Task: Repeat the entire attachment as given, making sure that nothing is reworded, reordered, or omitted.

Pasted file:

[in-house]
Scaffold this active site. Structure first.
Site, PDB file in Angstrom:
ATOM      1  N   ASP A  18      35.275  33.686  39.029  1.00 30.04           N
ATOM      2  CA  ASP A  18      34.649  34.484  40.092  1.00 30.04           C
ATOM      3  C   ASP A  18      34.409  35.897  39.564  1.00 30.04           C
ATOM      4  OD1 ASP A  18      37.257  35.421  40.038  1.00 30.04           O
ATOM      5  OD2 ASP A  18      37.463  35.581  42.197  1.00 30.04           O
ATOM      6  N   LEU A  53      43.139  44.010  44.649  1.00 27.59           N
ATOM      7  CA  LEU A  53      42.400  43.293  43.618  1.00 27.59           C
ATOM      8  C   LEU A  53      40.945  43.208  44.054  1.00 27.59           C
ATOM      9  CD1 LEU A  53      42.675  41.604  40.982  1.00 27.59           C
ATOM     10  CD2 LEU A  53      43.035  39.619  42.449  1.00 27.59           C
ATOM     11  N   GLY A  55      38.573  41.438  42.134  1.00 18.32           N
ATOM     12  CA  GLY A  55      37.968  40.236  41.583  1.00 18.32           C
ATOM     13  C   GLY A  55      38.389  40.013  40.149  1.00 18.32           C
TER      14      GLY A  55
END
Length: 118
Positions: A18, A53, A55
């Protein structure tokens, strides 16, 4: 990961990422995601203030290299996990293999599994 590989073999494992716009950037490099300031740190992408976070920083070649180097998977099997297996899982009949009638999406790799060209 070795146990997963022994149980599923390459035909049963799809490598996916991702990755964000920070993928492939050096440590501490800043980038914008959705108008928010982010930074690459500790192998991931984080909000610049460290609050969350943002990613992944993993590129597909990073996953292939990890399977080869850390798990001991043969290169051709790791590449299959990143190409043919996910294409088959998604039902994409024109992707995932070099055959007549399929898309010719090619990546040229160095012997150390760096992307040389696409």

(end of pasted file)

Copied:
[in-house]
Scaffold this active site. Structure first.
Site, PDB file in Angstrom:
ATOM      1  N   ASP A  18      35.275  33.686  39.029  1.00 30.04           N
ATOM      2  CA  ASP A  18      34.649  34.484  40.092  1.00 30.04           C
ATOM      3  C   ASP A  18      34.409  35.897  39.564  1.00 30.04           C
ATOM      4  OD1 ASP A  18      37.257  35.421  40.038  1.00 30.04           O
ATOM      5  OD2 ASP A  18      37.463  35.581  42.197  1.00 30.04           O
ATOM      6  N   LEU A  53      43.139  44.010  44.649  1.00 27.59           N
ATOM      7  CA  LEU A  53      42.400  43.293  43.618  1.00 27.59           C
ATOM      8  C   LEU A  53      40.945  43.208  44.054  1.00 27.59           C
ATOM      9  CD1 LEU A  53      42.675  41.604  40.982  1.00 27.59           C
ATOM     10  CD2 LEU A  53      43.035  39.619  42.449  1.00 27.59           C
ATOM     11  N   GLY A  55      38.573  41.438  42.134  1.00 18.32           N
ATOM     12  CA  GLY A  55      37.968  40.236  41.583  1.00 18.32           C
ATOM     13  C   GLY A  55      38.389  40.013  40.149  1.00 18.32           C
TER      14      GLY A  55
END
Length: 118
Positions: A18, A53, A55
């Protein structure tokens, strides 16, 4: 990961990422995601203030290299996990293999599994 590989073999494992716009950037490099300031740190992408976070920083070649180097998977099997297996899982009949009638999406790799060209 070795146990997963022994149980599923390459035909049963799809490598996916991702990755964000920070993928492939050096440590501490800043980038914008959705108008928010982010930074690459500790192998991931984080909000610049460290609050969350943002990613992944993993590129597909990073996953292939990890399977080869850390798990001991043969290169051709790791590449299959990143190409043919996910294409088959998604039902994409024109992707995932070099055959007549399929898309010719090619990546040229160095012997150390760096992307040389696409």